In that report, the AAC&U espouses the virtues and benefits of a liberal arts education and attacks specific training as “narrow.” But if you read between the lines, you’ll see that the AAC&U is clearly concerned about government funding for its member institutions.

“With massive funding expected to flow into both school and postsecondary reform, we need to recognize from the outset that narrow training – the kind currently offered in far too many degree and certificate programs – will actually limit human talent and opportunity for better jobs in today’s knowledge economy,” the AAC&U report states.

So who do you believe?

Like so many topics and issues in the world of postsecondary education, it depends on who you ask.

If you ask George Leef, research director for the John William Pope Center for Higher Education Policy, don’t place your bets on the liberal arts education argument.

“The idea that all new jobs will demand academic preparation you can only get in college is baloney,” Leef  said in an interview.

He also criticized the Obama Administration’s goal of getting America to be the world leader in the percentage of college degree holders. In fairness, the White House says that the president believes that “regardless of educational path after high school, all Americans should be prepared to enroll in at least one year of higher education or job training to better prepare our workforce for a 21st century economy,” which clearly makes room for the one- and two-year programs.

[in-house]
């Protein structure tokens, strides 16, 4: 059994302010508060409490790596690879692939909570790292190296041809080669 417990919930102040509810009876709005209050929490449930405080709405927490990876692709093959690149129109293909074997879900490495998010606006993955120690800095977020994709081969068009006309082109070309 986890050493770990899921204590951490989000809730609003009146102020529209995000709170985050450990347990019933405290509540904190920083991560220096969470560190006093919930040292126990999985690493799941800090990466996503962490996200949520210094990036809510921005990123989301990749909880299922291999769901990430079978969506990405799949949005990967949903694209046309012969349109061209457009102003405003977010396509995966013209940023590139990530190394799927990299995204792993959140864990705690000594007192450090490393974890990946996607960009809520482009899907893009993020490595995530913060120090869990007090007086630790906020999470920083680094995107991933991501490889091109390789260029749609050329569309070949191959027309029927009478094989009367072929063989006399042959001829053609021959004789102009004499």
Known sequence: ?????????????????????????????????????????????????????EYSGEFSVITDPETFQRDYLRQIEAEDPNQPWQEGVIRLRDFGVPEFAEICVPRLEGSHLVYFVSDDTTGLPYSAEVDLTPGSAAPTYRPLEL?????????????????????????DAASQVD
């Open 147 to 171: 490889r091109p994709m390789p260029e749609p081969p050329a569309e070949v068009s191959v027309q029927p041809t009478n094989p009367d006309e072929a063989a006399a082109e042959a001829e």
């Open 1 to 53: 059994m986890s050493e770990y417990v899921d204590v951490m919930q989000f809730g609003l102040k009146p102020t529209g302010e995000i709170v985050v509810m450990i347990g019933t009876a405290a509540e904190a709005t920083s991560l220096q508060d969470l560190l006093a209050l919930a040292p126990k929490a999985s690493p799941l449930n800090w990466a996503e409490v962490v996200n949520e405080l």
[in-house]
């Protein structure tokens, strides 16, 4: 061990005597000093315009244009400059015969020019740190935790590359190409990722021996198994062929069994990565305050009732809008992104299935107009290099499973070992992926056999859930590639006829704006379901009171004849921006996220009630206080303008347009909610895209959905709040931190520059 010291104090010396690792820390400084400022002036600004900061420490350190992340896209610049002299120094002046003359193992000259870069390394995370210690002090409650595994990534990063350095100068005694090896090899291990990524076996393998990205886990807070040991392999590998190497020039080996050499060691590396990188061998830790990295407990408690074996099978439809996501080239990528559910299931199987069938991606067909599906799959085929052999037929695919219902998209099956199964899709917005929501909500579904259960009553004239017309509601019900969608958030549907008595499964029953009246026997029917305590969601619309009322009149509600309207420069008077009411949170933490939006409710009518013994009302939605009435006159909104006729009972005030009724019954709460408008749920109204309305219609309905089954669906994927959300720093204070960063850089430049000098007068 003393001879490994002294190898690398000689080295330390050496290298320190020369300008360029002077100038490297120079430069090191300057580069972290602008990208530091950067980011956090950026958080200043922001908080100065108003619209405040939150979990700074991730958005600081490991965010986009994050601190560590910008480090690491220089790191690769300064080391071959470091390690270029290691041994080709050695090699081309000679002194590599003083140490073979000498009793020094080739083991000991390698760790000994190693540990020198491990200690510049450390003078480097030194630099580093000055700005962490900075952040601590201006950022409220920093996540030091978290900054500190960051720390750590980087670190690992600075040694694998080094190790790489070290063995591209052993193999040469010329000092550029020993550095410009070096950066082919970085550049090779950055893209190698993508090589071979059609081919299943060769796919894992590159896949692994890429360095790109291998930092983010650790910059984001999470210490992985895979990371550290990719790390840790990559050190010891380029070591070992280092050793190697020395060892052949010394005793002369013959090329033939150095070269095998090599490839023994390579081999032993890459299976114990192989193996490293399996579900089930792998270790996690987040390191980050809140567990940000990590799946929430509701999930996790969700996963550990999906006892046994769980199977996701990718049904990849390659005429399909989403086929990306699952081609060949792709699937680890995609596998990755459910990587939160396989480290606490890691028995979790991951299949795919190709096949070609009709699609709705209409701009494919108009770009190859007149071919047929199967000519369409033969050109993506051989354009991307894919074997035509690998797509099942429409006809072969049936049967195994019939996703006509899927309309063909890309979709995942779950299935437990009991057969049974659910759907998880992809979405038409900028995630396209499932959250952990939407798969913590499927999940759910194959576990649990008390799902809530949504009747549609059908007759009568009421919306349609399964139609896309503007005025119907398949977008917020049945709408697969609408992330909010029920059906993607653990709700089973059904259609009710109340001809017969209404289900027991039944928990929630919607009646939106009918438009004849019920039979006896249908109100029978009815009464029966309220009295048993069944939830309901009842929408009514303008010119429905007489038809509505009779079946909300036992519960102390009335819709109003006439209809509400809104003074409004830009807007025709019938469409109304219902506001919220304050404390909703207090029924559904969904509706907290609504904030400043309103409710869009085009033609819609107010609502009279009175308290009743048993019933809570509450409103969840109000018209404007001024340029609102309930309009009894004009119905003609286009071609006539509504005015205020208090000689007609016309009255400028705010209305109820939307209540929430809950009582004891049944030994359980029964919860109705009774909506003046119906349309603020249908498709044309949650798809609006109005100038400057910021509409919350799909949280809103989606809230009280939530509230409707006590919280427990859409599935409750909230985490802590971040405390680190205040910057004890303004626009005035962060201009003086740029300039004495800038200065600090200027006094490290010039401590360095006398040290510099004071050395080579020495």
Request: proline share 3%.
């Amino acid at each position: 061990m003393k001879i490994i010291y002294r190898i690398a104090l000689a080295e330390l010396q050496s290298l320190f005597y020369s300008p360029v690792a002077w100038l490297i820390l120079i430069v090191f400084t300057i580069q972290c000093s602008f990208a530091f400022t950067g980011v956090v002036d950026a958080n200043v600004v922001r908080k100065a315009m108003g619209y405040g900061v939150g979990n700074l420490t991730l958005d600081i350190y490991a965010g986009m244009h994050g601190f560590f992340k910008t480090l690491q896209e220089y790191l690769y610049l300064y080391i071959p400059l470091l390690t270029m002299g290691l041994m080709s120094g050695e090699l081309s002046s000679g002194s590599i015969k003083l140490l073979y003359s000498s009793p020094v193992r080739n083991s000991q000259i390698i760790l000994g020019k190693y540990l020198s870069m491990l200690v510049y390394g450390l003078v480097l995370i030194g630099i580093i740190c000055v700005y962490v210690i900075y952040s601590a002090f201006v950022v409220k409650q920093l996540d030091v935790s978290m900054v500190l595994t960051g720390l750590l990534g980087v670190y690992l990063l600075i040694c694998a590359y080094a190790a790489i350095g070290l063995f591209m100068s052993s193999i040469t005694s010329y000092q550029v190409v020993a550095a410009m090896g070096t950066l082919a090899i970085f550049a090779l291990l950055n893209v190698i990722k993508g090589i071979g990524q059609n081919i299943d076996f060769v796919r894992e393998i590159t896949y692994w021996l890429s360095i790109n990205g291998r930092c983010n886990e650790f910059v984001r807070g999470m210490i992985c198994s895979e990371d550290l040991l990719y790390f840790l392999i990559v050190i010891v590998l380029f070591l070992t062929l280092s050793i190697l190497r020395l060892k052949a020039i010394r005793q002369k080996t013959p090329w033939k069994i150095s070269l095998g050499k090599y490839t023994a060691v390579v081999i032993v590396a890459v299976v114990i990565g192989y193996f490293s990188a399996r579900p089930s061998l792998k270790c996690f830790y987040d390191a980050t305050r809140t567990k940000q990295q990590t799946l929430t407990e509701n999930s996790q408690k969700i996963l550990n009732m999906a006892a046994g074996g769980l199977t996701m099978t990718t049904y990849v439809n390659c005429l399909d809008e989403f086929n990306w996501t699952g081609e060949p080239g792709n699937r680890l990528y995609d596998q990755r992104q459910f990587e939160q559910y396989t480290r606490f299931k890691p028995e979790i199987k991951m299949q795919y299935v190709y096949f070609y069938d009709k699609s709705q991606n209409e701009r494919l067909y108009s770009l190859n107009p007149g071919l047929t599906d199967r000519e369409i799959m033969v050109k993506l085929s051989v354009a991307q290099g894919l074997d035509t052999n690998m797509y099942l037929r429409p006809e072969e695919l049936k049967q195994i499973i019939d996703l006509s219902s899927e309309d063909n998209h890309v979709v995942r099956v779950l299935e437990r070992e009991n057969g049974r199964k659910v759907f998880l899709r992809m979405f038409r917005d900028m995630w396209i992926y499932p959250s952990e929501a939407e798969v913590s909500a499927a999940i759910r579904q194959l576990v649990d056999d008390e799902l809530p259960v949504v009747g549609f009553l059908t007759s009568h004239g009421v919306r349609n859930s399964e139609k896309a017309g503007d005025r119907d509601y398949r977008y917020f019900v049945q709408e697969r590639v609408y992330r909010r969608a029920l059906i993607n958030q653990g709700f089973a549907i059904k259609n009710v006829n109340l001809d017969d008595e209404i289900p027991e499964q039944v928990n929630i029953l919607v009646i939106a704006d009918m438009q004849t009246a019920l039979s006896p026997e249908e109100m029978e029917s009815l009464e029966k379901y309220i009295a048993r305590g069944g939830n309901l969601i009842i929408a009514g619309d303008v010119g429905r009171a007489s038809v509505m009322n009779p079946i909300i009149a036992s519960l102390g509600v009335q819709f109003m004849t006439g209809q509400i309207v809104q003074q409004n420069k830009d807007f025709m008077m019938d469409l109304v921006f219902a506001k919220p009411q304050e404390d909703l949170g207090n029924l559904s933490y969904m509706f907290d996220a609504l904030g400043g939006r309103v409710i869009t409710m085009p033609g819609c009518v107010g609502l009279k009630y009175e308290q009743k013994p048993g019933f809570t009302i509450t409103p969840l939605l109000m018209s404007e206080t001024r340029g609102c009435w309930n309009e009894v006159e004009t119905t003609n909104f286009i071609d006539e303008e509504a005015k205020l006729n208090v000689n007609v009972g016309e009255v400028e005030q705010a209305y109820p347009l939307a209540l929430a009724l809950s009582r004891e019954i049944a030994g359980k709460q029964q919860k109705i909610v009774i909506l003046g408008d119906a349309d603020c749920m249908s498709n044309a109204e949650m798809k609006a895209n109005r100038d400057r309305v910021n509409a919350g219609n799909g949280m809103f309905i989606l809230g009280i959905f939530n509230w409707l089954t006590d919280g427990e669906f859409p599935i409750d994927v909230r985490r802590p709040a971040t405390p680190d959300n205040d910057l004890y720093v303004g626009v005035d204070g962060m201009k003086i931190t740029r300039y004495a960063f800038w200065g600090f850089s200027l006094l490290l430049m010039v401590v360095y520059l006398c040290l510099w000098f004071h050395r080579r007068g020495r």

“This is the kind of thing that should be left up to individual choices,” Leef said of whether Americans pursue higher education. “If it really makes sense for more people to pursue formal education of some sort, they will.

“For some that might be a BA or BS degree. For others, it might be just a course or two to improve their basic abilities,” he said.

It’s the same point made by the Demos paper.

The paper notes a large portion of the difference in earnings between certificate and associate degree holders is related to the type of credential held. In other words, not all certificates and degrees are the same in terms of labor market value.

For instance, engineering certificate holders earn an average annual salary of nearly $47,000, a figure higher than the average annual salary of associate degree holders in the areas of liberal arts, the social and natural sciences and education.

Citing troubling college completion rates, the paper also states that finishing a one- or two-year program is better than starting a two- or four-year program and not completing it.

The paper does not espouse sending youths in pursuit of one- or two-year degrees by default.

“Just as a four-year degree is not for everyone, neither is a one- or two-year credential or an engineering or health care degree,” the paper states.

“These findings also do not imply that policymakers should focus all of their attention and efforts on community colleges and trade schools,” the paper states. “What these findings do reveal however, is that policymakers and students alike have additional avenues to encourage economic opportunity. An important question is what factors are most important to encouraging success.”